Royalton School Bd. Examines Revote

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Front Page / Apr. 20, 2017 10:30am EDT

Bethel, Rochester Weigh Options
By Dylan Kelley


Chad Couture (upper left) listens apprehensively alongside other Royalton residents as the School Board discusses a possible Act 46 revote. (Herald / Dylan Kelley) Chad Couture (upper left) listens apprehensively alongside other Royalton residents as the School Board discusses a possible Act 46 revote. (Herald / Dylan Kelley) School boards for Bethel and Royalton gathered at Whitcomb High School Tuesday night before about a dozen members of both communities to continue discussions on potential next steps, after Royalton’s rejection of a district consolidation plan halted merger hopes in another six towns last week.

For members of the Royalton school board, those next steps may be an effort to gather enough signatures to hold a revote in time for Act 46’s June 30 deadline.

The Royalton board’s decision to pursue an eventual revote came near the end of a somber question-and-answer period with constituents following a brief joint meeting with the Bethel school board.

To trigger a revote, the board would need to gather signatures representing 5% of the registered voters. In this case, 100 signatures are needed. “We decided as a group, the community and board together … that we would start a petition and we would get as many signatures as we could,” said Christine Hudson, who chaired the Tuesday night meeting.

“Some people want to get up to 500 signatures to show that we really do want to work with Rochester and Bethel,” said Hudson, who was careful to say that the completed petition would only be presented if Bethel and Rochester were still interested in working with Royalton.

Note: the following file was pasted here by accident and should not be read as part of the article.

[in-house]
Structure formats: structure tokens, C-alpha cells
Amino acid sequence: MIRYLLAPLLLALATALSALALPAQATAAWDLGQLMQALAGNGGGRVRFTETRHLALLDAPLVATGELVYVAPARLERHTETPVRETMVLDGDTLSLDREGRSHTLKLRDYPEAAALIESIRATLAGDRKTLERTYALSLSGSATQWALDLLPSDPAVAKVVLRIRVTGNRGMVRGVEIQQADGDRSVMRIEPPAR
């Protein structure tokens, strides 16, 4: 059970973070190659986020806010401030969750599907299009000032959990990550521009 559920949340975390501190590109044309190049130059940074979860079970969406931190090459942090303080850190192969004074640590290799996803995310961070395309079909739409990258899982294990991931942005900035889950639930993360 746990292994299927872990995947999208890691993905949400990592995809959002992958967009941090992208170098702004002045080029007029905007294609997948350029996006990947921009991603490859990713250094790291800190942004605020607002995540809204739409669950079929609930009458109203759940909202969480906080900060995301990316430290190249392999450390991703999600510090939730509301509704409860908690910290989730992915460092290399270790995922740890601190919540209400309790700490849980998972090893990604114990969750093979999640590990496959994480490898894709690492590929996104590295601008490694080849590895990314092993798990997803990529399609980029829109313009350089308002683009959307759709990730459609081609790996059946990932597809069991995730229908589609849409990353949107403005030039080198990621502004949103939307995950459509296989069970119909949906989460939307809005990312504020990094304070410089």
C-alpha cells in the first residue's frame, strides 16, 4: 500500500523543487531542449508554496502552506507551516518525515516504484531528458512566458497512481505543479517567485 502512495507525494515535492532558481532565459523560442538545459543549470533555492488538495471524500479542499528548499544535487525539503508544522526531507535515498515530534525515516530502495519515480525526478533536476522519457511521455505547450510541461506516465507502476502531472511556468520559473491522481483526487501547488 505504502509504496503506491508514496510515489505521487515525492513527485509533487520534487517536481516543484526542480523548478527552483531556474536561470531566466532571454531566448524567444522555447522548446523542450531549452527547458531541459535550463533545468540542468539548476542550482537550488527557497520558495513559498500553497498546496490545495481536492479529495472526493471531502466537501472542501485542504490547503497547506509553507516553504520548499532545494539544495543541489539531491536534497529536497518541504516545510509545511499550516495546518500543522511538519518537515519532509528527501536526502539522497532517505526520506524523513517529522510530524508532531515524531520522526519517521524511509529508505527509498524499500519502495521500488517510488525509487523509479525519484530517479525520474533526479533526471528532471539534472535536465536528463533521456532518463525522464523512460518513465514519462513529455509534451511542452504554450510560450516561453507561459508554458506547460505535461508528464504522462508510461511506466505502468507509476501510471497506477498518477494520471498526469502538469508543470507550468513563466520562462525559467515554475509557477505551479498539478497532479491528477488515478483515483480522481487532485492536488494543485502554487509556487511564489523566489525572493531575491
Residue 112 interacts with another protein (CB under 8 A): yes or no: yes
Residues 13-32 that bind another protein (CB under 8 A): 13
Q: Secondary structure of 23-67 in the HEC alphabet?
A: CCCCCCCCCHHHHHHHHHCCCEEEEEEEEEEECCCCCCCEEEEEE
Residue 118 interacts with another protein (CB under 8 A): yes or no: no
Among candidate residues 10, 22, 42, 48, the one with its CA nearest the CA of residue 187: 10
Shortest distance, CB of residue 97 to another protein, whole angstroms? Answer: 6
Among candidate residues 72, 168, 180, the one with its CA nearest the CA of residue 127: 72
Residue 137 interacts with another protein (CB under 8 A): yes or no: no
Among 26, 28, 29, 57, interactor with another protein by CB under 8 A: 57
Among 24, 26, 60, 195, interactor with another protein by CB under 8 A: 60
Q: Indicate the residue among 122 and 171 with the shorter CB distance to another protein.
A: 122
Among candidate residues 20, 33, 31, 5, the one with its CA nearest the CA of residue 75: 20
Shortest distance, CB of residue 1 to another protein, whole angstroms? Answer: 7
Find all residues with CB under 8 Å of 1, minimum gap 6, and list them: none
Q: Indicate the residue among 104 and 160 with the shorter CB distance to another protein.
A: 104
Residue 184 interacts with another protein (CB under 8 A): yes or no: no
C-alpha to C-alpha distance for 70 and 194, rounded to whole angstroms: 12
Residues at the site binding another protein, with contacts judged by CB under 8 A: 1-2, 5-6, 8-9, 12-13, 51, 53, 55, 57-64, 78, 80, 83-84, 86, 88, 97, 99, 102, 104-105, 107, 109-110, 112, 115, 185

“We don’t want to put Rochester or Bethel in a position where they’re not going to be able to do anything,” she said. “We respect that Bethel and Rochester need to decide how they’re going to move forward.”

“It’s a steep hill to climb,” said White River Valley Superintendent Bruce Labs, who spent much of the evening alternately walking through Whitcomb’s hallways from one school board meeting to the other. In order for the Bethel-Rochester- Royalton proposal to move forward, it must be approved by at least two-thirds the number of the original Royalton voters who cast ballots on April 11. In this case, the Royalton school board must wrangle at least 438 affirmative votes (more than twice as many as on April 11) to approve the merger.

“We’re in [between] a rock and a hard place,” said David Ainsworth, who represents the Windsor-Orange 1 District. Leaving the meeting in order to be ready for early-morning chores on his Royalton dairy farm, Ainsworth left with a promise to investigate the possibility of the legislature taking action to provide additional flexibility to Act 46 through Senate bill 122 (S.122).

That bill, which is currently being addressed in the House Education Committee, would allow for towns that are struggling to meet Act 46 requirements to adopt alternative structures, while also providing additional time to implement those plans.

Regardless of whether S.122 makes it to the floor of the legislature, Ainsworth remains confident that a local solution is still salvageable.

“I hope we can get this through,” he said as he reflected on the possibility of a revote. “We gotta have a revote sometime, I’m just hoping we can get the other two towns in on this because we can’t do it individually, any one of these towns. I’m hoping that will work and we can keep going forward.”